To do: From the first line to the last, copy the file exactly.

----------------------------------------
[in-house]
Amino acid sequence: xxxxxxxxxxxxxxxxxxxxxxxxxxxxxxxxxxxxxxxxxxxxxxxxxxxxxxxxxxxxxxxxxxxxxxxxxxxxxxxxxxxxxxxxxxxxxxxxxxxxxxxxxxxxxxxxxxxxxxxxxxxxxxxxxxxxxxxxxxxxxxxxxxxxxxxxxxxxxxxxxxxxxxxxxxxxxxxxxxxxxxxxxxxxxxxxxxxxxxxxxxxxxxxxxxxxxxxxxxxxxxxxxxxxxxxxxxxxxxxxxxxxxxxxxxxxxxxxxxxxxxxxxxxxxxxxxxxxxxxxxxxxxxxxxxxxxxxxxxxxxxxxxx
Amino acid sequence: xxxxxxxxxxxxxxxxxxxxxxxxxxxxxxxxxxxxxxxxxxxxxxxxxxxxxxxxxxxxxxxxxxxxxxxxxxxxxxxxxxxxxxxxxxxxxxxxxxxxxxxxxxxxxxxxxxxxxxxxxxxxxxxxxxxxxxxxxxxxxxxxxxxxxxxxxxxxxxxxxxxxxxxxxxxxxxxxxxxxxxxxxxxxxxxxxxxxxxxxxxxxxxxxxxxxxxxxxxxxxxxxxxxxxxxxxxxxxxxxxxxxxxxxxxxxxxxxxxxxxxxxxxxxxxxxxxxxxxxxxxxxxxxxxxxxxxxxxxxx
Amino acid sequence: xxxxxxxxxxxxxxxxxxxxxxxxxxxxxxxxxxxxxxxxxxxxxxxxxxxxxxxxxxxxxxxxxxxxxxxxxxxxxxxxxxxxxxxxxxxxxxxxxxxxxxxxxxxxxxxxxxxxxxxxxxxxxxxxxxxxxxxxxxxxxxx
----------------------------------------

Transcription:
[in-house]
Amino acid sequence: xxxxxxxxxxxxxxxxxxxxxxxxxxxxxxxxxxxxxxxxxxxxxxxxxxxxxxxxxxxxxxxxxxxxxxxxxxxxxxxxxxxxxxxxxxxxxxxxxxxxxxxxxxxxxxxxxxxxxxxxxxxxxxxxxxxxxxxxxxxxxxxxxxxxxxxxxxxxxxxxxxxxxxxxxxxxxxxxxxxxxxxxxxxxxxxxxxxxxxxxxxxxxxxxxxxxxxxxxxxxxxxxxxxxxxxxxxxxxxxxxxxxxxxxxxxxxxxxxxxxxxxxxxxxxxxxxxxxxxxxxxxxxxxxxxxxxxxxxxxxxxxxxx
Amino acid sequence: xxxxxxxxxxxxxxxxxxxxxxxxxxxxxxxxxxxxxxxxxxxxxxxxxxxxxxxxxxxxxxxxxxxxxxxxxxxxxxxxxxxxxxxxxxxxxxxxxxxxxxxxxxxxxxxxxxxxxxxxxxxxxxxxxxxxxxxxxxxxxxxxxxxxxxxxxxxxxxxxxxxxxxxxxxxxxxxxxxxxxxxxxxxxxxxxxxxxxxxxxxxxxxxxxxxxxxxxxxxxxxxxxxxxxxxxxxxxxxxxxxxxxxxxxxxxxxxxxxxxxxxxxxxxxxxxxxxxxxxxxxxxxxxxxxxxxxxxxxxx
Amino acid sequence: xxxxxxxxxxxxxxxxxxxxxxxxxxxxxxxxxxxxxxxxxxxxxxxxxxxxxxxxxxxxxxxxxxxxxxxxxxxxxxxxxxxxxxxxxxxxxxxxxxxxxxxxxxxxxxxxxxxxxxxxxxxxxxxxxxxxxxxxxxxxxxx